Natural language, unlike programming language, is flexible, ambiguous, and heavily dependent on shared understanding, a shared knowledge base, and shared cultural experiences. Errors in speech are seldom important: Utterances can be interrupted, restarted, even contradicted, with little difficulty in understanding. The system makes natural language communication extremely robust.

Human error matters primarily because we followed a technology-centered approach in which it matters. A human-centered approach would make the technology robust, compliant, and flexible. The technology should conform to the people, not people to the technology.

Today, when faced with human error, the traditional response is to blame the human and institute a new training procedure: blame and train. But when the vast majority of industrial accidents are attributed to human error, it indicates that something is wrong with the system, not the people. Consider how we would approach an system failure due to a noisy environment: we wouldn't blame the noise, we would instead design a system that was robust in the face of noise.

This is exactly the approach that should be taken in response to human error: redesign the system to fit the people who must use it. This means to avoid the incompatibilities between human and machine that generate error, to make it so that errors can be rapidly detected and corrected, and to be tolerant of error. To "blame and train" does not solve the problem.





Because humans and computers are such different kinds of systems, it should be possible to develop a symbiotic, complementary strategy for cooperative interaction. Alas, today's approaches are wrong. One major theme is to make computers more like humans. This is the original dream behind classical Artificial Intelligence: to simulate human intelligence. Another theme is to make people more like computers. This is how technology is designed today: the designers determine the needs of the technology and then ask people to conform to those needs. The result is an ever-increasing difficulty in learning the technology, and an ever-increasing error rate. It is no wonder that society exhibits an ever-increasing frustration with technology.

Consider the following attributes of humans and machines presented from today's machine-centered point of view :


The Machine-Centered View













Note how the humans lose: all the attributes associated to people are negative, all the ones associated with machines are positive. But now consider attributes of humans and machines presented from a human-centered point of view:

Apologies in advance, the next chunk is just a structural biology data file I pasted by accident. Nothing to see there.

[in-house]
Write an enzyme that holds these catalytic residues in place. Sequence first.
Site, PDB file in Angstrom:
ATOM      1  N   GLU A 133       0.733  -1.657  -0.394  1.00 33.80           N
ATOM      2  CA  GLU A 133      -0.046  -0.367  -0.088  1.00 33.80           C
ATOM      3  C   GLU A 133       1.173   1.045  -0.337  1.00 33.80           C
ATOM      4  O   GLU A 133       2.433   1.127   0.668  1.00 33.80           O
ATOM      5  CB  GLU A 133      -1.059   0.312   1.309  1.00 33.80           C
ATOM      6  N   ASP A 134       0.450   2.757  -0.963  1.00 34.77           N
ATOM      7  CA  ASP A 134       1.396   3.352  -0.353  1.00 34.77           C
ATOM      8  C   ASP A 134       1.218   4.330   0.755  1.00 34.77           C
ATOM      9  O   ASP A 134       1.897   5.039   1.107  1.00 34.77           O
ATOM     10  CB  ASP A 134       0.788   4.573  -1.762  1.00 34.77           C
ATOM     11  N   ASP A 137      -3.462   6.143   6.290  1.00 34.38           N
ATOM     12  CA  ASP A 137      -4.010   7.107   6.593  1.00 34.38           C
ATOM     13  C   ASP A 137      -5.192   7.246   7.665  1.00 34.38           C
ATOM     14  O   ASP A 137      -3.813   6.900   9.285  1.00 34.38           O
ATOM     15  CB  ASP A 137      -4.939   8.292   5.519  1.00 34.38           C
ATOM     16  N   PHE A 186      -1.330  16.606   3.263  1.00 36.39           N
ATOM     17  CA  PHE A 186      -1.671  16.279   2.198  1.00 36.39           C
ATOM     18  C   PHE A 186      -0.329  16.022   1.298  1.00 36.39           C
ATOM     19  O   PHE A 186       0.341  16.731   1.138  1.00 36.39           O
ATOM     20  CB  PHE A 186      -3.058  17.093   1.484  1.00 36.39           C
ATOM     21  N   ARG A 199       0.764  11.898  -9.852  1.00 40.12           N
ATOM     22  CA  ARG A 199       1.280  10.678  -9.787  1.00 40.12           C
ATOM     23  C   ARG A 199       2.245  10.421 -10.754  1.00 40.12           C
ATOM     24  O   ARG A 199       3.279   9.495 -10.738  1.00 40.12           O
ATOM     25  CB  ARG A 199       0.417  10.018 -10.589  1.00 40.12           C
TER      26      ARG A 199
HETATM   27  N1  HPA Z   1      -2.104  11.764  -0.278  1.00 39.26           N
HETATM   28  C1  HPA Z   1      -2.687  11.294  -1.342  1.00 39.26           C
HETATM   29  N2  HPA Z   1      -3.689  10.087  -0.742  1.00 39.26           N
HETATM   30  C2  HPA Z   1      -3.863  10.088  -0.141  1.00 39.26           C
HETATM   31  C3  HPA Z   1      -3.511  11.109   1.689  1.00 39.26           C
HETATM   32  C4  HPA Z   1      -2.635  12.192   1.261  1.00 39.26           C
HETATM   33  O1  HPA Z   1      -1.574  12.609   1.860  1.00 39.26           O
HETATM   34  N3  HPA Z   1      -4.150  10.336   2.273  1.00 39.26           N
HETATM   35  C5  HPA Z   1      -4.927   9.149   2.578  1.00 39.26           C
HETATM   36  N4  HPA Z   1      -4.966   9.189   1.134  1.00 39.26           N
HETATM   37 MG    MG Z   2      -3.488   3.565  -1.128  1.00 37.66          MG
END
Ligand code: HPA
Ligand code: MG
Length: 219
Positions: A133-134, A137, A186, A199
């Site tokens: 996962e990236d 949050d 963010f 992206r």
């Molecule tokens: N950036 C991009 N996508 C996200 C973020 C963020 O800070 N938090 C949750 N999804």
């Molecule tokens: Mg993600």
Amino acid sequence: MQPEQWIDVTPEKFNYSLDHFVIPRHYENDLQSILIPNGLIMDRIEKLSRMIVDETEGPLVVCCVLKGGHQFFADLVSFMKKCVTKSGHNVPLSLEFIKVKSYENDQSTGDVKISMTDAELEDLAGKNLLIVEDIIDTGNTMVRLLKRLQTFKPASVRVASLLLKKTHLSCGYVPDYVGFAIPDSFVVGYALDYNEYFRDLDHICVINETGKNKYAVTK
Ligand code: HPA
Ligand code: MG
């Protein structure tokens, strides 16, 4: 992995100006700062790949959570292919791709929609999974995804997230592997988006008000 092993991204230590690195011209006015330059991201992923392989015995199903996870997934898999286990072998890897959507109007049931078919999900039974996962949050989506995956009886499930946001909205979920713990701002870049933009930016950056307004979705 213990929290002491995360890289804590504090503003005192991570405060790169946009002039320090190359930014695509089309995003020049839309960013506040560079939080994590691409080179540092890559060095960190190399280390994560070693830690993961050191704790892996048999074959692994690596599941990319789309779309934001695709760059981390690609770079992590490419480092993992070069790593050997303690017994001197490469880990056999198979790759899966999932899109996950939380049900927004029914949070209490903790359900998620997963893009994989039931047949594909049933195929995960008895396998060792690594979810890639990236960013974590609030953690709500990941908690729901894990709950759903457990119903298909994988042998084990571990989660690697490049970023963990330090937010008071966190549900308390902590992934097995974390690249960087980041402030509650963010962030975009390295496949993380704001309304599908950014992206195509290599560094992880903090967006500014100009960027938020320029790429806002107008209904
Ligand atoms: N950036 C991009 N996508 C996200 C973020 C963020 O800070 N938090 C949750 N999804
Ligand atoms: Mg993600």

The Human-Centered View







Attentive to change

Insensitive to change



Now note how machines lose: all the attributes associated with people are positive, all the ones associated with machines are negative.

The basic point is that the two different viewpoints are complementary. People excel at qualitative considerations, machines at quantitative ones. As a result, for people, decisions are flexible because they follow qualitative as well as quantitative assessment, modified by special circumstances and context. For the machine, decisions are consistent, based upon quantitative evaluation of numerically specified, context-free variables. Which is to be preferred? Neither: we need both.

It's good that computers don't work like the brain. The reason I like my electronic calculator is because it is accurate: it doesn't make errors. If it were like my brain, it wouldn't always get the right answer. The very difference is what makes the device so valuable. I think about the problems and the method of attack. It does the dull, dreary details of arithmetic &emdash; or in more advanced machines, of algebraic manipulations and integration. Together, we are a more powerful team than either of us alone.

The same principle applies to all our machines: the difference is what is so powerful, for together, we complement one another. However, this is useful only if the machine adapts itself to human requirements. Alas, most of today's machines, especially the computer, force people to use them on their terms, terms that are antithetical to the way people work and think. The result is frustration, an increase in the rate of error (usually blamed on the user &emdash; human error &emdash; instead of on faulty design), and a general turning-away from technology.

Will the interactions between people and machines be done correctly in 50 years? Might schools of computer science start teaching the human-centered approach that is necessary to reverse the trend? I don't see why not.



Being analog. Omar Wason suggested this title at the conference "Jerry's Retreat," Aug. 19, 1996. The instant I heard it I knew I wanted to use it, so I sought his permission which he graciously gave.


Sections of this chapter originally appeared in Norman, D. A. (1997). Why it's good that computers don't work like the brain. In P. J. Denning & R. M. Metcalfe (Ed.), Beyond calculation: The next fifty years of computing. New York: Copernicus: Springer-Verlag. Many of the ideas made their original appearance in Norman, D. A. (1993). Things that make us smart. Reading, MA: Addison-Wesley.

I apologize to readers of my earlier books and papers for this repetition, but what can I say: the argument fits perfectly here, so in it goes.